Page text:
Posts Tagged ‘elorza’

The Institute for the Study and Practice of Nonviolence is an outstanding Providence nonprofit that takes a holistic approach to ending violence in poor communities.

On Thursday, I went to an open house and barbecue organized by the students in the Institute’s work program, and was mightily impressed. I shook hands with Mayor Jorge Elorza and chatted at some length with Chief of Police Hugh Clements and the Institute’s executive director, Teny Gross. Not to mention the retired priest who was a founding member, the youth themselves, and the dedicated staff. I heard some pretty inspiring stories!

The young organizers provided a tour of their headquarters, a lovely converted convent on Oxford St.

It was a great event. But here is something sad. In the five years since I visited the Institute’s old quarters, the vagaries of funding sources have forced cutbacks. They no longer have 17 streetworkers turning youth from violence toward work and better lives. They can afford only four. It seems a shame when the need is still significant.

The Institute is advertising for a development director, and they sure need a way to get more support. A big endowment to protect the work from shifts in the winds would be ideal. Read more here.

By the way, Teny Gross has been called to teach nonviolence techniques around the nation and world. He has received many acknowledgments for his success. An unusual honor this month gave him one of his proudest moments. It relates to a George Washington letter about religious tolerance.

“225 years ago, George Washington wrote a letter ‘To the Hebrew Congregation in Newport,’ which is now known as the Touro Synagogue in Newport, Rhode Island. To mark the historic importance of the letter, the congregation and the Touro Synagogue Foundation conduct an annual ‘Letter Reading,’ around the time that the letter was sent. The setting is the beautifully restored Touro Synagogue, built in 1763.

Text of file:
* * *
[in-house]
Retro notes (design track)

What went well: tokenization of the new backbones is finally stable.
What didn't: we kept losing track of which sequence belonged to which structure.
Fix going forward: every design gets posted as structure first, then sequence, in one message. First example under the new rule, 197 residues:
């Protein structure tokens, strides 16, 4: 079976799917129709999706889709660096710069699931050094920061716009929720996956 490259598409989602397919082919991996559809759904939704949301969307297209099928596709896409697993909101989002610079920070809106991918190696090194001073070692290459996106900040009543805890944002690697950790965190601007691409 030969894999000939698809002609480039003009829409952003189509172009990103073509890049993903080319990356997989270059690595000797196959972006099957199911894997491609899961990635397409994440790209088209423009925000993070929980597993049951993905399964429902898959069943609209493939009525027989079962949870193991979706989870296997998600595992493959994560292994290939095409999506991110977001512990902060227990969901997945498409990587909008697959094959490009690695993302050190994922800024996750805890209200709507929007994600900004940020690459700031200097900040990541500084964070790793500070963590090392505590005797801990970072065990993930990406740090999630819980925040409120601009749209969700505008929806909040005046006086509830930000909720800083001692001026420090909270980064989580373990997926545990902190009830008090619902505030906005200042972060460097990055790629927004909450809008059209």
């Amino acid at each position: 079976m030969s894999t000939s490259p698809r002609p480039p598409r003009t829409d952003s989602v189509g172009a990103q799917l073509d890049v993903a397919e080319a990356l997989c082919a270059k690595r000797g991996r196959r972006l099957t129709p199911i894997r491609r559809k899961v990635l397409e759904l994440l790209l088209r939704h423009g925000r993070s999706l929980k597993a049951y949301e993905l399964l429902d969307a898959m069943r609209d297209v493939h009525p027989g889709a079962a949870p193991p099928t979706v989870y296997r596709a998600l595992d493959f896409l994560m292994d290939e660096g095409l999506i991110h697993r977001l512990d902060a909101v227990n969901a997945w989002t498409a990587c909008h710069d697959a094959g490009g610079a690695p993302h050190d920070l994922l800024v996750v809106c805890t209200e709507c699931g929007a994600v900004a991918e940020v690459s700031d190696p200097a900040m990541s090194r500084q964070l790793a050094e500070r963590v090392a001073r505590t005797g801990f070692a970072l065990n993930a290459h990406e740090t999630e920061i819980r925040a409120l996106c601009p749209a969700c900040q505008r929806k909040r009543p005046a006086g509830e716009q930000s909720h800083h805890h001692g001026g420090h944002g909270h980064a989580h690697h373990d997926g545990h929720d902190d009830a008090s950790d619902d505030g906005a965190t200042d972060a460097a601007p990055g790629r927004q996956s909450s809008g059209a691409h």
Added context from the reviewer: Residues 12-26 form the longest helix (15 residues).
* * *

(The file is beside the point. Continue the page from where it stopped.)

“The letter was only four paragraphs long, but they were four powerful and significant paragraphs and they are regarded as critical in the history of the Jewish people in the Colonial United States. ┬áThe letter reading evolved into today’s two hour event filled with greetings from dignitaries, announcements of scholarships and an award to Teny Gross, leader in the Institute for the Study of the Practice of Nonviolence.”

Goes to show that teaching nonviolence can spread out in many unexpected ripples.

Read the details here.

Photo: Institute for the Study and Practice of Nonviolence

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Good things continue to happen in the West End of Providence, thanks in large part to the vision and community responsiveness of West Elmwood Housing Development Corporation (WEHDC) under the direction of Sharon Conard-Wells.

Tuesday, WEHDC held a reception to celebrate past accomplishments and the new mixed-income housing development they are about to build. The mayor came. Community members came. Many of Rhode Island’s movers and shakers came. I came.

It was impressive to see how WEHDC’s projects have flourished when you consider that 10 years ago, the nonprofit was tackling the cleanup of a nearby industrial site and hoping to turned the blighted Rau Fastener factory into beautiful mixed-income housing — keeping their fingers crossed that the market would respond.

The market sure did respond, and now WEHDC is starting the second phase. At the same time, it continues community work of many kinds. Antoine started out doing lead abatement and now works with young people in the neighborhood. Adeline works with the community farm and the Sankofa World Market. Rosa and Debra do housing counseling and lending. Rachel manages WEHDC’s many partnerships and is always looking for more.

The energy and optimism are tangible, and it was good to see the recognition the nonprofit is getting from people in a position to ensure that the good work keeps going. The current wish list includes new laptops and web design work (in case you know anyone interested in offering help that is sure to be used wisely). Check out WEHDC here.

Photo: Sankofa Initiative

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